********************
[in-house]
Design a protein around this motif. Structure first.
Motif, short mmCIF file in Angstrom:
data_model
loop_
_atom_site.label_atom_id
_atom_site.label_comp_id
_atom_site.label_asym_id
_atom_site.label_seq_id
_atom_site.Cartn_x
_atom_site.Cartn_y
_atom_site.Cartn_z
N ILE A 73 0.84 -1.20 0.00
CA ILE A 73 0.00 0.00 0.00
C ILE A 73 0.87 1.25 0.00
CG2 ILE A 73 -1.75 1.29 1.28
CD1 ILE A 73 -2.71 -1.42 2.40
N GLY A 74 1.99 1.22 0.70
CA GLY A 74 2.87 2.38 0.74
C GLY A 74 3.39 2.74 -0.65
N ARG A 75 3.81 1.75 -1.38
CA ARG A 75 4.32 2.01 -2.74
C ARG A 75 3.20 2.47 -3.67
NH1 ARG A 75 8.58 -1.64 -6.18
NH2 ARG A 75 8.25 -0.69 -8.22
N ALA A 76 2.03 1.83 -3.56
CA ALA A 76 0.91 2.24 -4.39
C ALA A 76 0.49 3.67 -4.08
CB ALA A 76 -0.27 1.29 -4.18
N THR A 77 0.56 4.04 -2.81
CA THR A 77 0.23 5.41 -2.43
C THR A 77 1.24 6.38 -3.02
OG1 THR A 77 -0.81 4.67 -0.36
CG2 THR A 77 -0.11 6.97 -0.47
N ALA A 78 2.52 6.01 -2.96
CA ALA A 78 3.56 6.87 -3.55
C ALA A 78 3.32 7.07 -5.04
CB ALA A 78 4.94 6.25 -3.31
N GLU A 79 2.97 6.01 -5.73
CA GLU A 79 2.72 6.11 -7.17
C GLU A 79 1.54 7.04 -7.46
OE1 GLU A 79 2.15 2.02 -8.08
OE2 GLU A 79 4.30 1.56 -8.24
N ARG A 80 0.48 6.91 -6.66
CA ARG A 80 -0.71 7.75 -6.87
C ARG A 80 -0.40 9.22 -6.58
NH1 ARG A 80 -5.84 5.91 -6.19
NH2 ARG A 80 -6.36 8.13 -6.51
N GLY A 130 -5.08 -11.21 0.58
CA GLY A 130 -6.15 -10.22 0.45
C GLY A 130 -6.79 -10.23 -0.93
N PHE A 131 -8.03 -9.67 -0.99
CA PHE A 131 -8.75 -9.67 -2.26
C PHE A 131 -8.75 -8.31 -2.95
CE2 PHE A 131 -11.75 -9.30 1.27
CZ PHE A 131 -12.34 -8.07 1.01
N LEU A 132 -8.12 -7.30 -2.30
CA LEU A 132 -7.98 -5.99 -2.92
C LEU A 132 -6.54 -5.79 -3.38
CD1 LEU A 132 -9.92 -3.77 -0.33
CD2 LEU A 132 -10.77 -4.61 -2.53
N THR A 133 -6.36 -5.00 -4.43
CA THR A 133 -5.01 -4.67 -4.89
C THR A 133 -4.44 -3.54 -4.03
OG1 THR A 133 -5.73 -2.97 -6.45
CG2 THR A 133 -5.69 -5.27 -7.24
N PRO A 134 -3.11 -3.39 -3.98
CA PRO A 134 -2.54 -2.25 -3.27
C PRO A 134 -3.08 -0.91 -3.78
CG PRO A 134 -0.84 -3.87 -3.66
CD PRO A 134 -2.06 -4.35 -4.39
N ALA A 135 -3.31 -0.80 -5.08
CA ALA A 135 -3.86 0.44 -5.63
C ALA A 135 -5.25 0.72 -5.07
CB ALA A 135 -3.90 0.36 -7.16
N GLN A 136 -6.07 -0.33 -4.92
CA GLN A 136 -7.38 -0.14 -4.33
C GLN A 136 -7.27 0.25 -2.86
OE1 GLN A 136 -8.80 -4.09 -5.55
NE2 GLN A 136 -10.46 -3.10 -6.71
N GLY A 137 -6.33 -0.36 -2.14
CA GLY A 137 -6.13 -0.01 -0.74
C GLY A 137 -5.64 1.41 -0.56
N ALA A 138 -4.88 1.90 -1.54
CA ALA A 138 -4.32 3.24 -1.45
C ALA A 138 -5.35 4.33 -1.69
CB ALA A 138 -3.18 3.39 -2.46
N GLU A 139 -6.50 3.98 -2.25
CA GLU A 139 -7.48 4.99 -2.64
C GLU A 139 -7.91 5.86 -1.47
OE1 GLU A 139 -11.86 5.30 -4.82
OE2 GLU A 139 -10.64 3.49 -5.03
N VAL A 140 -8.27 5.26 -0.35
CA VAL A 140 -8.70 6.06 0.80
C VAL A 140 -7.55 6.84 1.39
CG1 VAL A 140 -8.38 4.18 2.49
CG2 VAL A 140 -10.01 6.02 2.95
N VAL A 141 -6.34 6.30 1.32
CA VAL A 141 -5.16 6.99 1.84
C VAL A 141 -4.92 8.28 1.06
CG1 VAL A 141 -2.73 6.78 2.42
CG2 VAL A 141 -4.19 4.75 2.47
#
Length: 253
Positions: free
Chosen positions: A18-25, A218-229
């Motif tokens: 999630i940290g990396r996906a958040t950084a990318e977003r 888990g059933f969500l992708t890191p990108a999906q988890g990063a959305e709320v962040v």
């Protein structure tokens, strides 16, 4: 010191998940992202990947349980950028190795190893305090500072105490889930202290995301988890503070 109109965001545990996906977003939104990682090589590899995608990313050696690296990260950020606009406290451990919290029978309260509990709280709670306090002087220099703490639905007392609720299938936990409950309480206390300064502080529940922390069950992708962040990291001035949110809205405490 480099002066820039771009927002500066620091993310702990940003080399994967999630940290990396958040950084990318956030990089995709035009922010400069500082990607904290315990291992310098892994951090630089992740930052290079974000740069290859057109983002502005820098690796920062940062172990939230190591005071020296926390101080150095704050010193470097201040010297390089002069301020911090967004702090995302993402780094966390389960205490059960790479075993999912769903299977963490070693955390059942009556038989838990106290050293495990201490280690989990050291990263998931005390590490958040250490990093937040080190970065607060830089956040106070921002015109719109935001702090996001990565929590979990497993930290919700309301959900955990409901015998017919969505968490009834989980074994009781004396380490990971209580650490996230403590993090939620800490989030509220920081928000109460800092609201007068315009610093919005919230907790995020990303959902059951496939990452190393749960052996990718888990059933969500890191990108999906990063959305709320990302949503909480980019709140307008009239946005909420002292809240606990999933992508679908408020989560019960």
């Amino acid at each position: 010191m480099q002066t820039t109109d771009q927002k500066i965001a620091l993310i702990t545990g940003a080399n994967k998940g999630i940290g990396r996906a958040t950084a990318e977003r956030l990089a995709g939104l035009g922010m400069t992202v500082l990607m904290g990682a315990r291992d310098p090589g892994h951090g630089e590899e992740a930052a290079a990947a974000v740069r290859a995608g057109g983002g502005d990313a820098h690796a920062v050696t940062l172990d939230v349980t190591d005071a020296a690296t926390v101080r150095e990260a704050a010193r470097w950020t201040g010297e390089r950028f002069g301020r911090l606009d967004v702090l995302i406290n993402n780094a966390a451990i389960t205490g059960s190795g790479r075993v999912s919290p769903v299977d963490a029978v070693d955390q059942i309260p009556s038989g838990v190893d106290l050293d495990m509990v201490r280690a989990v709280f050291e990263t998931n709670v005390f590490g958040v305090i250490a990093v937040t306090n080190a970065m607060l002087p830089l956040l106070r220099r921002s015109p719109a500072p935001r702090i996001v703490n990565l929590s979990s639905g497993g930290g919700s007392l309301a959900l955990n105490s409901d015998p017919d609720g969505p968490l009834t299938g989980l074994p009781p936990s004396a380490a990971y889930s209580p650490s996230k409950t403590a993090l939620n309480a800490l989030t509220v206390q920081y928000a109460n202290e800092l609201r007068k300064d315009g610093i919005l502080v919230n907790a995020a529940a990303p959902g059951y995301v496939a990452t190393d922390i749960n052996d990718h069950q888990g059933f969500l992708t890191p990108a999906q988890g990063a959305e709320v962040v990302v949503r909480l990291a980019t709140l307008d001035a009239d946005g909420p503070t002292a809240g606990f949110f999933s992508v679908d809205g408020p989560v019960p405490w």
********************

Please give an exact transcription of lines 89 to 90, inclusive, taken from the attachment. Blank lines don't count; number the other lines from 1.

CA GLU A 139 -7.48 4.99 -2.64
C GLU A 139 -7.91 5.86 -1.47